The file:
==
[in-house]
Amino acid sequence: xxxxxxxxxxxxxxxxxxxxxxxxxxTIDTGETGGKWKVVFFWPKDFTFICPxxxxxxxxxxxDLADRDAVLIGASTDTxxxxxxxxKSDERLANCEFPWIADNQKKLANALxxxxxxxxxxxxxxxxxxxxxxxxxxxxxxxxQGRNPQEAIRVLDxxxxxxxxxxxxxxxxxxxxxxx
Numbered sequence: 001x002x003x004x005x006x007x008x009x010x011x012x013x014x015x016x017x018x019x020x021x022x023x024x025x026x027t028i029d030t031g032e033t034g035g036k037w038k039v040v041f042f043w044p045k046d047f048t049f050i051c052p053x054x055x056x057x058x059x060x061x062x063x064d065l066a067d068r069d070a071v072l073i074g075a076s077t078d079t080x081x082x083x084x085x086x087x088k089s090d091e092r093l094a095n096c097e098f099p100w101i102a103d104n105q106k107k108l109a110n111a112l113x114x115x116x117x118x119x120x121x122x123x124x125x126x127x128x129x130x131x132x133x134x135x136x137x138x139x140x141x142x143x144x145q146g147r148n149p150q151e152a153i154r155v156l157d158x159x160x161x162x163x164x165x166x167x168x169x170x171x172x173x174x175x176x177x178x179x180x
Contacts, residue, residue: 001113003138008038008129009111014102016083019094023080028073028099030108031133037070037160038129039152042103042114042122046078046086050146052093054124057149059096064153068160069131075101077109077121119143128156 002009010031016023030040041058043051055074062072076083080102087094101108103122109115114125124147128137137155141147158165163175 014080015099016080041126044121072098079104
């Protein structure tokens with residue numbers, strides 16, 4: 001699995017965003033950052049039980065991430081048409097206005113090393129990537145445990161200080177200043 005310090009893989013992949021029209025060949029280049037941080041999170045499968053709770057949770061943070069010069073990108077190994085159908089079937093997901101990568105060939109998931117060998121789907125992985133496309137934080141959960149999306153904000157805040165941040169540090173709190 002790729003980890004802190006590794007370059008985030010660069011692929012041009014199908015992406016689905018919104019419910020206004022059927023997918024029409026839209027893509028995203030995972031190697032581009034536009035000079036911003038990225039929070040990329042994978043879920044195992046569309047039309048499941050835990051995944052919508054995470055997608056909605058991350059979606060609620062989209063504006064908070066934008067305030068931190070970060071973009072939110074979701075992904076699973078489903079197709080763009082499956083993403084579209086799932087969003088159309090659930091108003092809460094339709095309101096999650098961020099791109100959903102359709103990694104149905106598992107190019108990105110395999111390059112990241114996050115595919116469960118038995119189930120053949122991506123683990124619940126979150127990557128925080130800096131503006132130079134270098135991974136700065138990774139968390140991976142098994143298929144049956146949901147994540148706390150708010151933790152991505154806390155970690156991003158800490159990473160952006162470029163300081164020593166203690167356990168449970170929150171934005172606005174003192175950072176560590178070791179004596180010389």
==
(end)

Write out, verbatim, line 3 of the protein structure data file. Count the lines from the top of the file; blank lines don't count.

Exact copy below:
Numbered sequence: 001x002x003x004x005x006x007x008x009x010x011x012x013x014x015x016x017x018x019x020x021x022x023x024x025x026x027t028i029d030t031g032e033t034g035g036k037w038k039v040v041f042f043w044p045k046d047f048t049f050i051c052p053x054x055x056x057x058x059x060x061x062x063x064d065l066a067d068r069d070a071v072l073i074g075a076s077t078d079t080x081x082x083x084x085x086x087x088k089s090d091e092r093l094a095n096c097e098f099p100w101i102a103d104n105q106k107k108l109a110n111a112l113x114x115x116x117x118x119x120x121x122x123x124x125x126x127x128x129x130x131x132x133x134x135x136x137x138x139x140x141x142x143x144x145q146g147r148n149p150q151e152a153i154r155v156l157d158x159x160x161x162x163x164x165x166x167x168x169x170x171x172x173x174x175x176x177x178x179x180x